The 2010 Question
UK's Chilcot Inquiry raises the spectre of future problems with Iran. The fear is that they are working to acquire a nuclear weapon capability. Since 2006, a number of United Nations Security Council Resolutions have been directed against Iran with a view to preventing proliferation of nuclear weaponry. None of these, as yet, use the words “all necessary means.”
The legality of military action against Iraq – (if indeed it was legal) – was based on Resolution 678 stating that “all necessary means” could be used. The issue in 678 was the eviction of Iraqi Forces from Kuwait in 1990. Nevertheless, 13 years later, 678 was used as the basis for the coalition action against Iraq.
Blair stated that world leaders may have to face up to the Iran issue – the “2010 question.” If some resolution is passed saying “all necessary measures” might it then be used even years later to justify military action. If the chain of resolutions relating to Iraq is any guide then it would seem that it could be. In essence, that was the view taken by Britain's Attorney-General at the time and was adopted by the British government.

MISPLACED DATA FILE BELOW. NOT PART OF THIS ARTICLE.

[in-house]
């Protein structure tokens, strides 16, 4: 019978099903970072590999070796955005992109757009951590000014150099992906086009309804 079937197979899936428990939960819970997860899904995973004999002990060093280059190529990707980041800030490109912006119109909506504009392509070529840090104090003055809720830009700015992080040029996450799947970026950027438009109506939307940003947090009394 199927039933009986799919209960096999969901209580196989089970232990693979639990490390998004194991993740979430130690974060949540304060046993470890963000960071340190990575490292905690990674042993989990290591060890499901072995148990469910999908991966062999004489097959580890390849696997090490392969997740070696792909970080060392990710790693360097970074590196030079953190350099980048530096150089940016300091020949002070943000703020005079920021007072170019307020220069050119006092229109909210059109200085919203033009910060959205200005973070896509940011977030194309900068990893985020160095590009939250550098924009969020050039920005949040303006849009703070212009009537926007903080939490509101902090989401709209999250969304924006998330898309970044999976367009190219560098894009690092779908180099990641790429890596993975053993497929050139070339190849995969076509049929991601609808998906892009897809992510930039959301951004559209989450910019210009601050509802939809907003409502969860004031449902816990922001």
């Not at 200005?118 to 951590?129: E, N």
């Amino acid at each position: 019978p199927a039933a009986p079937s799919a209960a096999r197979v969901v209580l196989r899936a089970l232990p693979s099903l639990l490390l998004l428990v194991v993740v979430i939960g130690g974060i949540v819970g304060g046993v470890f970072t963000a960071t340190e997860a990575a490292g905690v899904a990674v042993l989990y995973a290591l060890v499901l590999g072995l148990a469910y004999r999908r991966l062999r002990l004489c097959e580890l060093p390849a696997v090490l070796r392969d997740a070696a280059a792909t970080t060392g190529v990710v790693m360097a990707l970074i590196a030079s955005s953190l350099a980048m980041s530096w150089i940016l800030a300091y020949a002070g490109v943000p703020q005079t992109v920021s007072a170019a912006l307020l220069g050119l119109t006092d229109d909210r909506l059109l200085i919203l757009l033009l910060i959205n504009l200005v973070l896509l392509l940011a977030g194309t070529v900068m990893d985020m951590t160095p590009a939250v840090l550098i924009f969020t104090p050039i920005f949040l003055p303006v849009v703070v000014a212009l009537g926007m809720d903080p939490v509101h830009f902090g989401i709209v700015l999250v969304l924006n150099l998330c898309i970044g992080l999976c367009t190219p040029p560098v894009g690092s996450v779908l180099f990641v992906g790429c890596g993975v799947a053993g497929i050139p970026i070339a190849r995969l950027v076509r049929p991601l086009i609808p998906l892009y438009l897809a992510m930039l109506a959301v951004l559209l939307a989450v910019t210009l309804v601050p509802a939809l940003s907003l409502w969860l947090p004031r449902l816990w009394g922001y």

Resolutions relating to Iran: 1696 (2006), 1737 (2006), 1747 (2007), 1803 (2008), 1835 (2008), 1887 (2009).
UN Resolutions raise interesting questions of interpretation. Sir Michael Wood QC - who gave evidence to the Chilcot Inquiry - wrote about such interpretation. Sir Michael considered the Iraq War to be unlawful as did his Deputy at the time Elizabeth Wilmshurst. Both gave evidence to that effect at the Chilcot Inquiry.
30 January, 2010
Posted by ObiterJ | 30 January, 2010
Posted by ObiterJ
This blog is now back in use. On 25th August 2006 I discontinued using this blog. I have now brought it back into use and there will be occasional posts on human rights and the fascinating subject of international law.